Cost $249.50US
View calendar...

If this course does not satisfy your needs, please comment so I can adjust the course.

Monday, December 06, 2010

Calendars by Jonathan Pickup

Last year, several of my clients asked me if I would consider making some of my sketches into a calendar. I have completed this now, and I have two different size calenders available from

I have a few clients that are using these calenders as gifts to their clients.

The first calendar is a smaller version and it has sketches from my travels through USA and Europe.

For more information click here...

This calendar much bigger than the first one. This calendar also has some of the same sketches from my travels in USA and Europe.

For more information click here...

Use Vectorworks to Make your Gingerbread House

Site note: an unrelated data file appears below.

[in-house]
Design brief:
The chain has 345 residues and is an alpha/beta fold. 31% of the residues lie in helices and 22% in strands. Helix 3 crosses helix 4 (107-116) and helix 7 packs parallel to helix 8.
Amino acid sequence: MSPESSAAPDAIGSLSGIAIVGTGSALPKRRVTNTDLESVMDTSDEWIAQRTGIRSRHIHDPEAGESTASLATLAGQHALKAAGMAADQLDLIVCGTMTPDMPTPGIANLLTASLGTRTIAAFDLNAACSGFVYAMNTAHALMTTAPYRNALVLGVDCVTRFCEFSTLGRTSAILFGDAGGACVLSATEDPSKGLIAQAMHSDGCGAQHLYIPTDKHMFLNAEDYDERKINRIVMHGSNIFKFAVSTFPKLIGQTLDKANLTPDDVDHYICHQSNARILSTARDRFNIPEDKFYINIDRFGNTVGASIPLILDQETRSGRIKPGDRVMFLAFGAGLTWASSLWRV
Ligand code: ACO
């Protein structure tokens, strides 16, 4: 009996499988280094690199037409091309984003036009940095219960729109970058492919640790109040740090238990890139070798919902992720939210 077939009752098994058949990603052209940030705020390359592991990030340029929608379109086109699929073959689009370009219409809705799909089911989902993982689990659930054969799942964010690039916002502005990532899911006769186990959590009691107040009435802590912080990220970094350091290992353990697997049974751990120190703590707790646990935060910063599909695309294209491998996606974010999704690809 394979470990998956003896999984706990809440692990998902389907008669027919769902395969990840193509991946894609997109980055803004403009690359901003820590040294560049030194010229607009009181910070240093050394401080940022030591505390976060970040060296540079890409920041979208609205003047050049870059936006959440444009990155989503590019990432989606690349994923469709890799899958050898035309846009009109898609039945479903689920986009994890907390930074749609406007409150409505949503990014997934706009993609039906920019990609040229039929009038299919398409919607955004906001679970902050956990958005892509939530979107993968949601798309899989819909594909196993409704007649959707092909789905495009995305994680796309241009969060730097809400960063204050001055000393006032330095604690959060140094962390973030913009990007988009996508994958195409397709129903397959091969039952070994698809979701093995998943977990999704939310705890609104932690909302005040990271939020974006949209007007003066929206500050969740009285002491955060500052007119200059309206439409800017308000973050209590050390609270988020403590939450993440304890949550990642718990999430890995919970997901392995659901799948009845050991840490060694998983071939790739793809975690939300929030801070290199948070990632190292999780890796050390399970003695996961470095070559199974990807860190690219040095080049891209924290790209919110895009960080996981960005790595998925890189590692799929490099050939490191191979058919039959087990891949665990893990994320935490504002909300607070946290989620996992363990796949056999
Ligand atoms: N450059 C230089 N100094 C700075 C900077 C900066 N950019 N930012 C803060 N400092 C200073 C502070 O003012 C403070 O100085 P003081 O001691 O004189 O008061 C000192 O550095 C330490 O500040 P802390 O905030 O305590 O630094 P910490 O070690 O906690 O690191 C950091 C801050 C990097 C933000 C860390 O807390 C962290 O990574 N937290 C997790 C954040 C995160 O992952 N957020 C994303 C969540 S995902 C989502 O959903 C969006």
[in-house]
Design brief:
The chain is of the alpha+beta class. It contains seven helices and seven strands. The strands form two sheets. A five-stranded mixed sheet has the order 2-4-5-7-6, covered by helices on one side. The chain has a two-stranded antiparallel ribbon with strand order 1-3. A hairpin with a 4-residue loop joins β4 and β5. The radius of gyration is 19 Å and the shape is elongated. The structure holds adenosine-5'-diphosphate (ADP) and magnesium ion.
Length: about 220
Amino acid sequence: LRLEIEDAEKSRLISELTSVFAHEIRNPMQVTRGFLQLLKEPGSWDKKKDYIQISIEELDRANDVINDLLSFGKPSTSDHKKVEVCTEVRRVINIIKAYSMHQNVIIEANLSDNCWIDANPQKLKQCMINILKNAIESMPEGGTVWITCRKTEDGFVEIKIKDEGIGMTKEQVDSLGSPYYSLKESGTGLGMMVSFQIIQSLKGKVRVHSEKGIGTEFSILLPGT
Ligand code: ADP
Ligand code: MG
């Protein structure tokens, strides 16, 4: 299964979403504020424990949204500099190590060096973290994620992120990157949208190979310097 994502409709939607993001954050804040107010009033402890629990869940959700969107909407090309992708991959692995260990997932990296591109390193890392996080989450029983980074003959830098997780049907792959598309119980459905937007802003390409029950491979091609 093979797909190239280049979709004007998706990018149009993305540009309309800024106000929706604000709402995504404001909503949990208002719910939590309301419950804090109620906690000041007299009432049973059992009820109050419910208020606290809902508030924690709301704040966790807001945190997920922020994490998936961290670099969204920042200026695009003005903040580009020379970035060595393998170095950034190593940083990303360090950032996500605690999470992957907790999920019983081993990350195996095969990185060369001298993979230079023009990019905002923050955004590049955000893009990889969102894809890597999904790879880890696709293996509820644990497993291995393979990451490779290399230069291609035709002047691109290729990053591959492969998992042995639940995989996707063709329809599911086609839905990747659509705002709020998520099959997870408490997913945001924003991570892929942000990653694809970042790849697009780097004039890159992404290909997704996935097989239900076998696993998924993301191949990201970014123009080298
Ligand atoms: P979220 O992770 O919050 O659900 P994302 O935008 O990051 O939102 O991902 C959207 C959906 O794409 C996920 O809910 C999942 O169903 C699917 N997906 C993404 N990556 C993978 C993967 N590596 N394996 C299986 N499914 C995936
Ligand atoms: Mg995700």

Season's Greetings. Here is a seasonal use for Vectorworks. Learn how you can use Vectorworks to model a full size gingerbread house, and use the model to print out the template for cutting out the parts.

This one-hour webinar will be interactive, and it is ideal for a beginner that wants to start Vectorworks with a simple project. Along the way we will learn how to draw simple walls, a simple roof, how to match the walls to the roof, and how to generate the wall elevations. Along the way, we will also learn about some of the important organizing concepts of Vectorworks, using design layers, classes, viewports and sheet layers.

Each year, my daughter I make a gingerbread house. For the past few years we have used the same design, a house that I modeled in Vectorworks and printed out full size as a template to cut out the part and stick together with icing.

This is our first version. It is very similar to our own house.

This is last year's gingerbread house. It is the same model, but we decorated it differently, including the snow on the ground (secrect trick for this).

And Here is the mock up for this year's gingerbread house. This is more ambitious. There are 12 walls that have to be drawn, and 8 roofs. In Vectorworks I am able to print each wall full size, and each roof face.